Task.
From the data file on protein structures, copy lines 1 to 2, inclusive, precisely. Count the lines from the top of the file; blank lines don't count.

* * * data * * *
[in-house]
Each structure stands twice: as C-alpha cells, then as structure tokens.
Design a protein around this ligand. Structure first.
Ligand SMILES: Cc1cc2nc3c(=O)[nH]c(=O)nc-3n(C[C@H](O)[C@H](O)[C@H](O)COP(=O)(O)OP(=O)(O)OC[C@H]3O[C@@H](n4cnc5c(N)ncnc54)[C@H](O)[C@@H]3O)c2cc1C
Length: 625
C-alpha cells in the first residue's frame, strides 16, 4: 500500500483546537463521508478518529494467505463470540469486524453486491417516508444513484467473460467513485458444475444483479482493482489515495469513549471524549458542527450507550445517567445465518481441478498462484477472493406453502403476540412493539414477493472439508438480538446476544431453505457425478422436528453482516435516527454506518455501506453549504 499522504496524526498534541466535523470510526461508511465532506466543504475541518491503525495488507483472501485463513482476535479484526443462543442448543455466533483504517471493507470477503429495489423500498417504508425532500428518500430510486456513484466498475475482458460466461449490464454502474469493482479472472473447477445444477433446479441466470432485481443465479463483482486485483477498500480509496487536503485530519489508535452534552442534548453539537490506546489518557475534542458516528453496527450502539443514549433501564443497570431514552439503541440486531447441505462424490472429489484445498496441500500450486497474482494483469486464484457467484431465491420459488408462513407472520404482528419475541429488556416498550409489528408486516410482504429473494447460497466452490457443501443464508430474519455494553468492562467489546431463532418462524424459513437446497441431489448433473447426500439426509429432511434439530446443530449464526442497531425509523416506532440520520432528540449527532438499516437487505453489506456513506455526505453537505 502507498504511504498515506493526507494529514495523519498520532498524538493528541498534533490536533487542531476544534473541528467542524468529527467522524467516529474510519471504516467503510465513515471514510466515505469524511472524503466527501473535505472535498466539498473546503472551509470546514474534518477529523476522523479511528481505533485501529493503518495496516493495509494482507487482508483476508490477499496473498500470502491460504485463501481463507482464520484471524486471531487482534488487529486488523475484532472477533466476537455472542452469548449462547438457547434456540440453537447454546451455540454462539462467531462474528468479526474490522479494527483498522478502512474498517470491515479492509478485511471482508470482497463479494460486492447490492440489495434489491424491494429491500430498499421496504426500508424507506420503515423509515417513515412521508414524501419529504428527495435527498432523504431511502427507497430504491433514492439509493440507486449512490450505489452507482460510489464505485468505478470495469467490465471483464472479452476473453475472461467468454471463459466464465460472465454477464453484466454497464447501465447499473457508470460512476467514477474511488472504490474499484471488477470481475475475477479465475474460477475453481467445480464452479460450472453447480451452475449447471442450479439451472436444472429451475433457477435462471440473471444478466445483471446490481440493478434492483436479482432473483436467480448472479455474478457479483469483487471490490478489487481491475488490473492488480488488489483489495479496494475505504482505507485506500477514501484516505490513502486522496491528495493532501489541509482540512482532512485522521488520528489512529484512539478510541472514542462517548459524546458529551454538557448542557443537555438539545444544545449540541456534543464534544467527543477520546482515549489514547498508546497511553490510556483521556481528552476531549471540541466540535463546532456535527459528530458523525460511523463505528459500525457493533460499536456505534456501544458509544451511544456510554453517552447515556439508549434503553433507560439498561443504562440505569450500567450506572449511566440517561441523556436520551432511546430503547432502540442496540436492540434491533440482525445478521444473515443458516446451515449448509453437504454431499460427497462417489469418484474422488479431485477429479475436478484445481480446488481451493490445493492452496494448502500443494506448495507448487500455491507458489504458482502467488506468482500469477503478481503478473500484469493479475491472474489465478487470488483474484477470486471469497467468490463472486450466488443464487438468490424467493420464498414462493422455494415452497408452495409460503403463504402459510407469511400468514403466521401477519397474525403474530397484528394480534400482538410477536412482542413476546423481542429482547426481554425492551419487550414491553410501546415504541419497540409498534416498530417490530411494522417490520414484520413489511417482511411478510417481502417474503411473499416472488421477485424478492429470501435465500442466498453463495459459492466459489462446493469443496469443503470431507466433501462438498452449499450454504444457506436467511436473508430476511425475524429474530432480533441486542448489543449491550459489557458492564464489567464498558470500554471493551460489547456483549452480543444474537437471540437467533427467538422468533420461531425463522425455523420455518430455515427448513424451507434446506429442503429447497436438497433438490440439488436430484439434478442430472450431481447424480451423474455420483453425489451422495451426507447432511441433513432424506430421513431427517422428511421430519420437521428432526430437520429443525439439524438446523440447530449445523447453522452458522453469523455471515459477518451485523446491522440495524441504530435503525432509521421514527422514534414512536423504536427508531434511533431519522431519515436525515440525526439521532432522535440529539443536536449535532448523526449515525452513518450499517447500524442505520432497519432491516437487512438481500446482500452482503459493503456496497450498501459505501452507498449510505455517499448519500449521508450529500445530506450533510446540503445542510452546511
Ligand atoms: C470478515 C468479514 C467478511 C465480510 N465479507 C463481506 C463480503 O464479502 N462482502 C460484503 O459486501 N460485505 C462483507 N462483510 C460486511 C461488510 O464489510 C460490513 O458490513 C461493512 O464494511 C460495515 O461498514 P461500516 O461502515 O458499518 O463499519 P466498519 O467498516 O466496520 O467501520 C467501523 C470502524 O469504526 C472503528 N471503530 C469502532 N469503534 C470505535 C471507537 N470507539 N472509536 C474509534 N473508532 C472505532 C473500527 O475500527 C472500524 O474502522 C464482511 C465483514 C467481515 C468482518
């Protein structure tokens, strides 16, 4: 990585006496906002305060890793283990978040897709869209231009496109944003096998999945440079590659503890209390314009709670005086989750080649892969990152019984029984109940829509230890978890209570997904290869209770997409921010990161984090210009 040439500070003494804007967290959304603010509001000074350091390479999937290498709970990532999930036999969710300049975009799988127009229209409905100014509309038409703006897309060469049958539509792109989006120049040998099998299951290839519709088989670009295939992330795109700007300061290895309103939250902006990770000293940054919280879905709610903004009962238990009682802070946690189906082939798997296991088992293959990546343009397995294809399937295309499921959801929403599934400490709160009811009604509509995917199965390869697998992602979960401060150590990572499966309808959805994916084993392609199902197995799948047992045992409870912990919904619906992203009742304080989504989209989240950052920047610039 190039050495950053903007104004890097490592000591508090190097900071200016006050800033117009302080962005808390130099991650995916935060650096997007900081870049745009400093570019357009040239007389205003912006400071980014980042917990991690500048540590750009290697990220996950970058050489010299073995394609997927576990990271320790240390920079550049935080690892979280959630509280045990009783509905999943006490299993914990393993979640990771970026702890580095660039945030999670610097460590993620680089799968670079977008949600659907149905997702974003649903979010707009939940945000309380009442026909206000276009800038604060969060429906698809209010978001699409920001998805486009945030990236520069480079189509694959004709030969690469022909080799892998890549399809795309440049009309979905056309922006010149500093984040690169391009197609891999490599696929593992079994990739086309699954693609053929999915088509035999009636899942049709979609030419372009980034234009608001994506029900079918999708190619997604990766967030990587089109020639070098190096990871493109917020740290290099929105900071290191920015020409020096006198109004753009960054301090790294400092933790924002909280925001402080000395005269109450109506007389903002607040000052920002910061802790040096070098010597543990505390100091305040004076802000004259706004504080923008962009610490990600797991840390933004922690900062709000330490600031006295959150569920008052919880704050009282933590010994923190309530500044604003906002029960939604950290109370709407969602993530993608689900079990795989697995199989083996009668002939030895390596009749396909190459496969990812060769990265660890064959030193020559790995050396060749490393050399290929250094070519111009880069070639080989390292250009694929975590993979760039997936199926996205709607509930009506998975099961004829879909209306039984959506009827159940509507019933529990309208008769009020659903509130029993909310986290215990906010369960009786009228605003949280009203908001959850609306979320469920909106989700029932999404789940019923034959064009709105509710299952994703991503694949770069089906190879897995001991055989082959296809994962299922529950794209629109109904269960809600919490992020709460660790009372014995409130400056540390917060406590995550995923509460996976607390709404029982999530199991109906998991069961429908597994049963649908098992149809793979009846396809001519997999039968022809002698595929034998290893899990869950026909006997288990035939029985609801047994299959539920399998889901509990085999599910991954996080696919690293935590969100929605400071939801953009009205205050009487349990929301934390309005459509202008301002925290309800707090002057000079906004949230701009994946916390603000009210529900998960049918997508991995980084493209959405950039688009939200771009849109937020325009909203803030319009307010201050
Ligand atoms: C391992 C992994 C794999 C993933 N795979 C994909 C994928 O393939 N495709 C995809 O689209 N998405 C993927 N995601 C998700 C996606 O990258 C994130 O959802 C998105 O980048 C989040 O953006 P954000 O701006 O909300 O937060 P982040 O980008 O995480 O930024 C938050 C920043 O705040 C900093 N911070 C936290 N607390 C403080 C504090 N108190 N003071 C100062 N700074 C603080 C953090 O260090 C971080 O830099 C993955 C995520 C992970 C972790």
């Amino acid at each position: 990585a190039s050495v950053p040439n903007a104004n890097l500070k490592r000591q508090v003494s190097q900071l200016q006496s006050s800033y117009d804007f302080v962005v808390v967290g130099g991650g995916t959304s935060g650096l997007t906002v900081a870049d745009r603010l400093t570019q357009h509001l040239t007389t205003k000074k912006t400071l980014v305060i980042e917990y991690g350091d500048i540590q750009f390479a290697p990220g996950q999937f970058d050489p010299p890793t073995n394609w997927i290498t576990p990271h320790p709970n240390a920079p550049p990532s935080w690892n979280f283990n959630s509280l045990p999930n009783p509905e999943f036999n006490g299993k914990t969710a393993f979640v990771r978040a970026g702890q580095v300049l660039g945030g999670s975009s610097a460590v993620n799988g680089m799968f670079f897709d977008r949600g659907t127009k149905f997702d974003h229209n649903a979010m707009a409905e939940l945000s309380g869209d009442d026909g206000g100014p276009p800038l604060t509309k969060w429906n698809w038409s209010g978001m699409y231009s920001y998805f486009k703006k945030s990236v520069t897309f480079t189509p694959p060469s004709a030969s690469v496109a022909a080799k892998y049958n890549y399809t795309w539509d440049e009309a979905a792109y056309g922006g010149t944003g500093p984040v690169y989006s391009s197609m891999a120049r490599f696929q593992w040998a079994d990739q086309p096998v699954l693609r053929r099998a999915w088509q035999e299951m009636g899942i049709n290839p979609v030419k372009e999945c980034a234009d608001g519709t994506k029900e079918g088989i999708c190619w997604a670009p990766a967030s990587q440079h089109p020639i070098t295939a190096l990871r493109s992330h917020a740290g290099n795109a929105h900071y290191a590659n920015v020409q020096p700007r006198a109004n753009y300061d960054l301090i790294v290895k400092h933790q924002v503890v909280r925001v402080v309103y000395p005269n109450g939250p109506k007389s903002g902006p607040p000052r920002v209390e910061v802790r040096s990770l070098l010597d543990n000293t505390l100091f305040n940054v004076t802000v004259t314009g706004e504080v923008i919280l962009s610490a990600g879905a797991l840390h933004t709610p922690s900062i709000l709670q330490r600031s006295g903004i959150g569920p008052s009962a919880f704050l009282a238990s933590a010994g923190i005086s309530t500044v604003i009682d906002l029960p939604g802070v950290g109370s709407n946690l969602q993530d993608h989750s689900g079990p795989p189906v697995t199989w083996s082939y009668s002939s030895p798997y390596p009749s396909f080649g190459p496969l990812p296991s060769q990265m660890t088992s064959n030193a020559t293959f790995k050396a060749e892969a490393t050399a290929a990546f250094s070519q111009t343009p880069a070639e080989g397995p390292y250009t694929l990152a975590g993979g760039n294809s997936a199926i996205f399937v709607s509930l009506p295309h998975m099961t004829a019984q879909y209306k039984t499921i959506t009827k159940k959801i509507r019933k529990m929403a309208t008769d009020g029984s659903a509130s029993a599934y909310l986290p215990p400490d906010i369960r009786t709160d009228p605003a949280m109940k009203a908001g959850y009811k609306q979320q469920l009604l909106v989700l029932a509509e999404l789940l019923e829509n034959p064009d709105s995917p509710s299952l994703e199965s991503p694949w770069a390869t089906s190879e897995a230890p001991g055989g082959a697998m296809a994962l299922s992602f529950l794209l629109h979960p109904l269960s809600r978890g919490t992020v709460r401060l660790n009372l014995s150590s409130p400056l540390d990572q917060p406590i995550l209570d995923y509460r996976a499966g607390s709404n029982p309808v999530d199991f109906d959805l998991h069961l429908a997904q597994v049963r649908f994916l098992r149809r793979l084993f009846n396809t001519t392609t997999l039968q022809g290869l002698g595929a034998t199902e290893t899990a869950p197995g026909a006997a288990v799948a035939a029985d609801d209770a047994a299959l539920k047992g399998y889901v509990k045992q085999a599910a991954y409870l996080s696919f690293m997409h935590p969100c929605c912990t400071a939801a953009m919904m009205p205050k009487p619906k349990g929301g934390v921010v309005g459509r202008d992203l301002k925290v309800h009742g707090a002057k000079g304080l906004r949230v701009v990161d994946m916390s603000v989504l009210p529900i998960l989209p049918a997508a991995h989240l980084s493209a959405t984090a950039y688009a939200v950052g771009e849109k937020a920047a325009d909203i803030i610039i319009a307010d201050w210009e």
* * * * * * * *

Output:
[in-house]
Each structure stands twice: as C-alpha cells, then as structure tokens.